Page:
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The future of research is more open

The future of research is more open

28 September 2020

For more than 500 years, OUP has existed to disseminate information, ideas, and research. We create world-class academic and educational resources that inform and educate readers across the world. How we operate and what we publish has changed hugely during that period, but our mission and sense of purpose has not.

Earlier this week, the UN celebrated the International Day for Universal Access to Information. It highlights the importance of ‘the right to seek, receive, and impart information,’ and how this is ‘an integral part of the right to freedom of expression.’ This aligns to our purpose as a publisher, and our focus on driving progress by providing content and resources that help people to make sense of the world around them—a topic I explored in one of my previous articles. We know that fair and rapid access to scholarly materials is for the public good. That’s why back in January, we made OUP resources on our COVID-19 hub freely available, to support those who are working to address the pandemic. To date, it has received more than 12 million visits.

For many years now there has been a movement in the academic community towards open access; making research free to read, and easier to re-use and build upon. It’s something that we wholeheartedly support; it speaks to our mission, and we currently have 75 journals and more than 70 monographs that are fully open access. But what does the transition towards open access mean for publishers like us in the longer-term? If research content is no longer restricted by paywalls and subscriptions, is a publisher’s value in the dissemination of research diminished?

In short, no. We live in a world where trust in public institutions and scholarly research is increasingly called into question. We’re also more connected and digital; everyone can share their views and opinions through blogs and social media, making it hard to distinguish between what is and isn’t a trustworthy source. Meanwhile, the pandemic is putting scientists and researchers under pressure to deliver sound research at speed—much of which is being used to make critical public health and economic decisions.

Against this challenging backdrop, and as we move towards open access, the role of the publisher in pushing forward scholarly thought is fundamentally important. We provide the platforms and mechanisms to ensure that the research we publish is as widely available as possible, and we play a crucial role, working with research funders, scholarly societies, and other members of our community, to ensure rigour, quality, and editorial integrity continue to underpin the publishing process.

At OUP, all the research we publish in our journal portfolio is assessed by leading experts who make up our journals’ editorial teams. It then undergoes a rigorous peer review process where subject matter experts read and offer feedback on research methodology and findings, before offering an independent judgment on the quality of the work. This reflects the formal process that all our scholarly books undergo, with Delegates of the University ultimately determining whether a book is accepted for publication, after comprehensive review.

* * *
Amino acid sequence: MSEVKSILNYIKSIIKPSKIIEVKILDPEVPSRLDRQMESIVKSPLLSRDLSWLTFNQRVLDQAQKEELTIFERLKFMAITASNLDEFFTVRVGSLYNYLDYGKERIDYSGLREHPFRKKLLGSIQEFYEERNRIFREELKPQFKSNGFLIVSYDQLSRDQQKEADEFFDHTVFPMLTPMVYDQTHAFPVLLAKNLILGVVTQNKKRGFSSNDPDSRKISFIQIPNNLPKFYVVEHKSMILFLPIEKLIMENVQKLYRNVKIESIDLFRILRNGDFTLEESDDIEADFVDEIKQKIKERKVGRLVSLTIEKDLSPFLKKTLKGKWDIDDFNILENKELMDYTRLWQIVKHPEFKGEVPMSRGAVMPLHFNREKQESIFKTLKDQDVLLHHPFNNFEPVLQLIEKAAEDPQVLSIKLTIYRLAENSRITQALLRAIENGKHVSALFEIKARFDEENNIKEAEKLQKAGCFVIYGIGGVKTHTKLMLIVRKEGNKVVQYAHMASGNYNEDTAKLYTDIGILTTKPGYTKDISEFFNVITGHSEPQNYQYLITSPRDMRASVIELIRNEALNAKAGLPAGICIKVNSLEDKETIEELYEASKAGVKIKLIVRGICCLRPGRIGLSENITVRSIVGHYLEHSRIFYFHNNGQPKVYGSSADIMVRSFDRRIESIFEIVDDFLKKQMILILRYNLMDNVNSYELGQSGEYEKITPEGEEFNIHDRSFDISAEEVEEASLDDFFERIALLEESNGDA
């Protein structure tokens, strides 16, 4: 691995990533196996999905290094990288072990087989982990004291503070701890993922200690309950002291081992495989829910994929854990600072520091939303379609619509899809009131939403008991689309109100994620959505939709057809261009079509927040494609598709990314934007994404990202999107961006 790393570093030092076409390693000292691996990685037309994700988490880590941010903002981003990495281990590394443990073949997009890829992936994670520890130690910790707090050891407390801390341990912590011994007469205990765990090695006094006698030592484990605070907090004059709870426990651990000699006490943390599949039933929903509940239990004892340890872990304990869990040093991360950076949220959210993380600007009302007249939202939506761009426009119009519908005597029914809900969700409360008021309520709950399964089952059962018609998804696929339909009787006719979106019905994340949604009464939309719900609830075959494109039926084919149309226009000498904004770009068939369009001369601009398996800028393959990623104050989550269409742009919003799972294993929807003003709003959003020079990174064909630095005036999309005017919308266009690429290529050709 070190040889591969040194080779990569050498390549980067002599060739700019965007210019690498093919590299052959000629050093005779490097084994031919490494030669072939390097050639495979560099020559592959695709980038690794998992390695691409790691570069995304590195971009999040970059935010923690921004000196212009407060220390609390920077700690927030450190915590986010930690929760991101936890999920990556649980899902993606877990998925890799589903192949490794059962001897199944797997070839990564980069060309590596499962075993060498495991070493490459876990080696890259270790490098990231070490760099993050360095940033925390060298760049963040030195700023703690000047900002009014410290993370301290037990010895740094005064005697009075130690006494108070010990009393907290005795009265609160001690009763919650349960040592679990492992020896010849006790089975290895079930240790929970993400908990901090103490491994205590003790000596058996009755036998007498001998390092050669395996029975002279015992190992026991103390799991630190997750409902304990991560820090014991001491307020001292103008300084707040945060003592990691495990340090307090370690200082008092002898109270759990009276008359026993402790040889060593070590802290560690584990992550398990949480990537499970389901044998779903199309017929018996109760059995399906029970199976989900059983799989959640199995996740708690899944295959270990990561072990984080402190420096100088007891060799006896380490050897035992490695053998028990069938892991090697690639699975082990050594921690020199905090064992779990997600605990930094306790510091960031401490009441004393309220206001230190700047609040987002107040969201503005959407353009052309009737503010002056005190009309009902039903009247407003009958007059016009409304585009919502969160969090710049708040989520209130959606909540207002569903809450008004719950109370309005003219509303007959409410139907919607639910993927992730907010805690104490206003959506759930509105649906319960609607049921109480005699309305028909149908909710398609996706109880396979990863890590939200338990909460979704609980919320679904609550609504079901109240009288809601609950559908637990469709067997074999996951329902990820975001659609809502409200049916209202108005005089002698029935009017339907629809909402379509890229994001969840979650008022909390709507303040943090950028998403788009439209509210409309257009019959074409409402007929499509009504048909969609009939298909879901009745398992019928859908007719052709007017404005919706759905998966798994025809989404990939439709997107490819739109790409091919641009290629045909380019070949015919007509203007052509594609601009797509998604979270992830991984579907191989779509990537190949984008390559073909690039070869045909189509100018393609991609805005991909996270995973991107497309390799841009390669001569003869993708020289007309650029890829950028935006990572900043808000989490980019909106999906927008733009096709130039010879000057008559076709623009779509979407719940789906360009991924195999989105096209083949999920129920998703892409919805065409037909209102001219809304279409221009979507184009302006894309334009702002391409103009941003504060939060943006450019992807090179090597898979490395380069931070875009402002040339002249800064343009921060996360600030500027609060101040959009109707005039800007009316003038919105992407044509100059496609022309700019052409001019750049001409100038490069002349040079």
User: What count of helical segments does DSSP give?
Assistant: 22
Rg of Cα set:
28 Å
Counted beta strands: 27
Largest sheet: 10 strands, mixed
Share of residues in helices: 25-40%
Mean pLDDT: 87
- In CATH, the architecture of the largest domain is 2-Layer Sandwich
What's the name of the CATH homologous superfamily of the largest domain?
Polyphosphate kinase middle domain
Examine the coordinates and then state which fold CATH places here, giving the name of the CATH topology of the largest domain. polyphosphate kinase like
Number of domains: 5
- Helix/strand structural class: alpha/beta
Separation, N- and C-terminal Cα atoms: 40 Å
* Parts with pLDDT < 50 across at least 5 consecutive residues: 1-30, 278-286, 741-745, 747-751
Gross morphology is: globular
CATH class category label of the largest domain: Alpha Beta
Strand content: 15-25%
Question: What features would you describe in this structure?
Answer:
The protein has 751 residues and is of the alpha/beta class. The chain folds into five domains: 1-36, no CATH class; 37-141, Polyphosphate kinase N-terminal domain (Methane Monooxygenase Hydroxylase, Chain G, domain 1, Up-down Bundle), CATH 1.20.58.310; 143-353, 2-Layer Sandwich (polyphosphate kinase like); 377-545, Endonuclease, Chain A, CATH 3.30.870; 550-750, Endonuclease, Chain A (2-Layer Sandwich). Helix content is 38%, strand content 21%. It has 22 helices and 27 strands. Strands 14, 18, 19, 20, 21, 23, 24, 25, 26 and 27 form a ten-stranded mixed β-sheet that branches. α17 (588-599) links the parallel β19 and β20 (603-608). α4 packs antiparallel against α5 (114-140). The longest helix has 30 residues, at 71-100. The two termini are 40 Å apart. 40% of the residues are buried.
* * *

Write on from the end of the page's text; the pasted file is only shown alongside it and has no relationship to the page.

We are expanding our own high-quality open access publishing. Earlier this year we launched the first two titles in our flagship Oxford Open series—Oxford Open Materials Science and Oxford Open Immunology. These were joined earlier this month by Oxford Open Climate Change. The series collates important research across multiple disciplines, underpinned by shared principles of openness. We are also working with existing journal and society partners to ‘flip’ journals to open access, and partnering with our customers to publish more of their research open access through ‘read and publish’ agreements.  

This October, it’s International Open Access Week. This year’s theme is ‘taking action to build structural equity and inclusion’, reflecting the UN’s aim of ensuring that everyone has the right to access and utilize information. The future of research will undoubtedly be more open, but it’s a journey should be undertaken in close collaboration with all those that add value to the research publishing process. At OUP, we want to work with our colleagues in the scholarly community, so that the transition towards open access is successful—not just in increasing access to research, but in ensuring that the research we publish maintains the highest standards and drives progress through knowledge.

You can follow along as we celebrate International Open Access Week on the @OxfordJournals Twitter and on the OUP Blog.